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Climate activist Greta Thunberg goes on trial in London

By AFP - Feb 01,2024 - Last updated at Feb 01,2024

Swedish environmental activist Greta Thunberg (centre) leaves Westminster Magistrates Court in London on Thursday, on the first day of hers and four other activists’ public order office trial (AFP photo)

LONDON — Environmental activist Greta Thunberg will appear in a London court on Thursday charged with public order offences linked to a demonstration against the energy industry.

The 21-year-old Swedish activist is expected to appear at around 10:00am (10:00 GMT) for the opening of her two-day trial.

A global figure in the fight against climate change, Thunberg pleaded not guilty to the charges at an initial hearing in November, as did four other activists who appeared with her.

Thunberg, who faces a maximum fine of £2,500 ($3,177), was taken away by two police officers and put into the back of a van outside the Energy Intelligence Forum, after she joined a mass protest.

She was one of dozens activists arrested for disrupting access to the conference, which brought together major oil and gas companies at a luxury hotel in the British capital on October 17.

Demonstrators greeted the forum participants with cries of “Shame on you!” while carrying placards reading “Stop Rosebank”, a reference to a controversial new North Sea oil field that the government authorised in September.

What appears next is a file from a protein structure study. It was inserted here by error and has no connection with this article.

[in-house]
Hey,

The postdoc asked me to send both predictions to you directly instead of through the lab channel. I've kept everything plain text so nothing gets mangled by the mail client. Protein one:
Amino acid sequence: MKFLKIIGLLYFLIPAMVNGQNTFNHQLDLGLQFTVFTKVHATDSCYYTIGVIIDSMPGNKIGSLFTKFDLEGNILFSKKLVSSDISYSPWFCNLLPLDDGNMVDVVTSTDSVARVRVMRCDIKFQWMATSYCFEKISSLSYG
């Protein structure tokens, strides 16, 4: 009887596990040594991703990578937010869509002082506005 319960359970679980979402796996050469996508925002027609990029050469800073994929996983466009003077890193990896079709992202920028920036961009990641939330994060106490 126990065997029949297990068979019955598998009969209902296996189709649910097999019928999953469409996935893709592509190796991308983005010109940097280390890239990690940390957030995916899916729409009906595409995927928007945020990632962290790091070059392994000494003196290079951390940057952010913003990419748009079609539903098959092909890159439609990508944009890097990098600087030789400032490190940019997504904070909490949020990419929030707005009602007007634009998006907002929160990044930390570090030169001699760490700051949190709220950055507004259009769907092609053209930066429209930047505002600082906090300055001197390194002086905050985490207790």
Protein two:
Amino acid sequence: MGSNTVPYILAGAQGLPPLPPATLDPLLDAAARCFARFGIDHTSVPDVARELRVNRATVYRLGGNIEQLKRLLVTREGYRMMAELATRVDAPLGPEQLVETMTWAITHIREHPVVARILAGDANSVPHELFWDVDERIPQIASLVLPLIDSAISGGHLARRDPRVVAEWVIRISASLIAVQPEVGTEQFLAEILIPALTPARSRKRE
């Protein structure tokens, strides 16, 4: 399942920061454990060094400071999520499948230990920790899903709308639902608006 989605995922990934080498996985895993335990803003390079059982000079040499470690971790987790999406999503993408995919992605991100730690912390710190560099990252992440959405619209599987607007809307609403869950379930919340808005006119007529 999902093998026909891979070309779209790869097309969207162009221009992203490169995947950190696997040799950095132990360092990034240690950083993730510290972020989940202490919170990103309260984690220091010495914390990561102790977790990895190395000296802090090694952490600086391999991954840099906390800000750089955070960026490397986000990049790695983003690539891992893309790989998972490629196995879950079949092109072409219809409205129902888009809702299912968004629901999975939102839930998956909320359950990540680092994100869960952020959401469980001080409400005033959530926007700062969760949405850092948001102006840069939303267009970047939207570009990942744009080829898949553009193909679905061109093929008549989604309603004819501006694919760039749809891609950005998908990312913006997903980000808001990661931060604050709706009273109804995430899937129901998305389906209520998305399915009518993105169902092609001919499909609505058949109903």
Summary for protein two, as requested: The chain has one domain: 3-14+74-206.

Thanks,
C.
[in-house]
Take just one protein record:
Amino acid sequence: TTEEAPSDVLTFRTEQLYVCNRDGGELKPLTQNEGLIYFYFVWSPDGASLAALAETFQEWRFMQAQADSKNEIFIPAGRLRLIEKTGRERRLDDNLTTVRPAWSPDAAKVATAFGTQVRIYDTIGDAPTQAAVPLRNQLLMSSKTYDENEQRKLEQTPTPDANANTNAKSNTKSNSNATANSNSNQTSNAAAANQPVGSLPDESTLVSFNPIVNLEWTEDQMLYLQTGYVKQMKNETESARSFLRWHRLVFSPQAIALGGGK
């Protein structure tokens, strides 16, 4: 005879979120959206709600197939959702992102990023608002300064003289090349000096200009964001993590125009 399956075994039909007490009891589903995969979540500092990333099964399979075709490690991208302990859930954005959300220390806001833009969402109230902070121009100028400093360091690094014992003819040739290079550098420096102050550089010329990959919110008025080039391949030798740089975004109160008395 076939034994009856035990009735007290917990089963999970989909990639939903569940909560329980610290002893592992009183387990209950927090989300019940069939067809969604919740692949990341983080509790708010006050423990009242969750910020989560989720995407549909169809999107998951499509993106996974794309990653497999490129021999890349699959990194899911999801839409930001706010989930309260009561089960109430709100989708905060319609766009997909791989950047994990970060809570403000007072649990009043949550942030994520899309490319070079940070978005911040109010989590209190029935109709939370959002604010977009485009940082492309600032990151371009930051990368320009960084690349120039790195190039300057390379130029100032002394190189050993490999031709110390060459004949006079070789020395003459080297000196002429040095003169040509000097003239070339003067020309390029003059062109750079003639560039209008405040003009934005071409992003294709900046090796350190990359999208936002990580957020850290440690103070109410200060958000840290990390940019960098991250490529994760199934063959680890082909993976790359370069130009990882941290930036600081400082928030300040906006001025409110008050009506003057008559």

London police arrested Thunberg for failing to adhere to an order not to block the street where the rally was taking place.

Released on bail, she then took part in another demonstration in front of the five-star hotel the next day, along with hundreds of other people.

The Conservative government in London’s reversals on pledges to combat climate change have angered campaigners.

Prime Minister Rishi Sunak has postponed a ban on the sale of combustion engine cars, and announced plans to grant new North Sea oil and gas licences as the country battles with an inflation-fuelled cost-of-living crisis.

On Monday, the UK’s independent advisory body on climate strategy expressed concern that the government was sending out “mixed messages” that were tarnishing its international influence on the issue.

Thunberg, who gained worldwide notoriety as a 15-year-old by staging school strikes in her native Sweden, regularly takes part in such demonstrations.

She was fined in October for blocking the port of Malmo in Sweden, a few months after being forcibly removed by police during a demonstration against the use of coal in Germany.

She also joined a march last weekend in southern England to protest against the expansion of Farnborough airport, which is mainly used by private jets. 

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